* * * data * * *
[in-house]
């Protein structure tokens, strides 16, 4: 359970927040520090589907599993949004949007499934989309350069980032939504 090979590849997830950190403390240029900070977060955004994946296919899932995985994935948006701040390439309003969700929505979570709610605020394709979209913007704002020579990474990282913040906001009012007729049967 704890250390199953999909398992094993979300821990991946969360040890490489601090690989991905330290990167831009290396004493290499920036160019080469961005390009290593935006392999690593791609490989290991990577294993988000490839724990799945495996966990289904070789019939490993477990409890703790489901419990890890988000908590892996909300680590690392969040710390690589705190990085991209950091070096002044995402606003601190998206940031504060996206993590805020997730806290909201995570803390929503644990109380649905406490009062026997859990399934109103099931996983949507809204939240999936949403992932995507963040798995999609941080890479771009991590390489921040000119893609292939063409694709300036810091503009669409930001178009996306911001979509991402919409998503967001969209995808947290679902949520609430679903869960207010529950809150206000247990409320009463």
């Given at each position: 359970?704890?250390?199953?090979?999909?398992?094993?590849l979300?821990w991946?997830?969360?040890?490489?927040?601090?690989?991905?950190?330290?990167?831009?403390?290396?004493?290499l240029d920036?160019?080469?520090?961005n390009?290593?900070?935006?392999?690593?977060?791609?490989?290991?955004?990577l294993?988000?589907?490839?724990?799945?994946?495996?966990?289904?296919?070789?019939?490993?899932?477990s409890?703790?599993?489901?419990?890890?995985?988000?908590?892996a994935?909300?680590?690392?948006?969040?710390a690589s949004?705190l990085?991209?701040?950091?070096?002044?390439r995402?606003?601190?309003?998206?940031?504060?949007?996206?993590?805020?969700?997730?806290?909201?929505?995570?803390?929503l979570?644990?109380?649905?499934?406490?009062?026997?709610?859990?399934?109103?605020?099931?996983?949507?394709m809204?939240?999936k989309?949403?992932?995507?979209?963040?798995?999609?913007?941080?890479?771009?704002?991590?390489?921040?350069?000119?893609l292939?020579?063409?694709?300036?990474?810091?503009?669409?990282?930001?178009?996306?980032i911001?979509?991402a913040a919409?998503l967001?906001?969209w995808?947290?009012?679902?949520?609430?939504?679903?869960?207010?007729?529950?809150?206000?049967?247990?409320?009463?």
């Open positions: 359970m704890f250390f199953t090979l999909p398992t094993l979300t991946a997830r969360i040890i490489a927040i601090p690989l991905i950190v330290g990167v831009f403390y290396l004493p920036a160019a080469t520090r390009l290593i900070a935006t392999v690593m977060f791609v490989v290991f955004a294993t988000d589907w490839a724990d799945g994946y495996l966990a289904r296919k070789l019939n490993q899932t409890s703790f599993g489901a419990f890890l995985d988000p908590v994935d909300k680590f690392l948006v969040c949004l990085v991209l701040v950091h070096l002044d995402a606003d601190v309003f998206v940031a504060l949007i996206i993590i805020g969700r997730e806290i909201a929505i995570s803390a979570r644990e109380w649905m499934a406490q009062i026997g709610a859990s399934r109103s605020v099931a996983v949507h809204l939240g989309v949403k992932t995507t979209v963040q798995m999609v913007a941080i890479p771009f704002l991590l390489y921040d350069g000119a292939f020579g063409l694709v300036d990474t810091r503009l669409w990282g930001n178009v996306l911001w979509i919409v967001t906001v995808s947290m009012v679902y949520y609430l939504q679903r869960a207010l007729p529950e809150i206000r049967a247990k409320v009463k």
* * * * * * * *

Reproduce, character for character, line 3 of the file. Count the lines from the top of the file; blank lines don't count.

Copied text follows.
């Given at each position: 359970?704890?250390?199953?090979?999909?398992?094993?590849l979300?821990w991946?997830?969360?040890?490489?927040?601090?690989?991905?950190?330290?990167?831009?403390?290396?004493?290499l240029d920036?160019?080469?520090?961005n390009?290593?900070?935006?392999?690593?977060?791609?490989?290991?955004?990577l294993?988000?589907?490839?724990?799945?994946?495996?966990?289904?296919?070789?019939?490993?899932?477990s409890?703790?599993?489901?419990?890890?995985?988000?908590?892996a994935?909300?680590?690392?948006?969040?710390a690589s949004?705190l990085?991209?701040?950091?070096?002044?390439r995402?606003?601190?309003?998206?940031?504060?949007?996206?993590?805020?969700?997730?806290?909201?929505?995570?803390?929503l979570?644990?109380?649905?499934?406490?009062?026997?709610?859990?399934?109103?605020?099931?996983?949507?394709m809204?939240?999936k989309?949403?992932?995507?979209?963040?798995?999609?913007?941080?890479?771009?704002?991590?390489?921040?350069?000119?893609l292939?020579?063409?694709?300036?990474?810091?503009?669409?990282?930001?178009?996306?980032i911001?979509?991402a913040a919409?998503l967001?906001?969209w995808?947290?009012?679902?949520?609430?939504?679903?869960?207010?007729?529950?809150?206000?049967?247990?409320?009463?």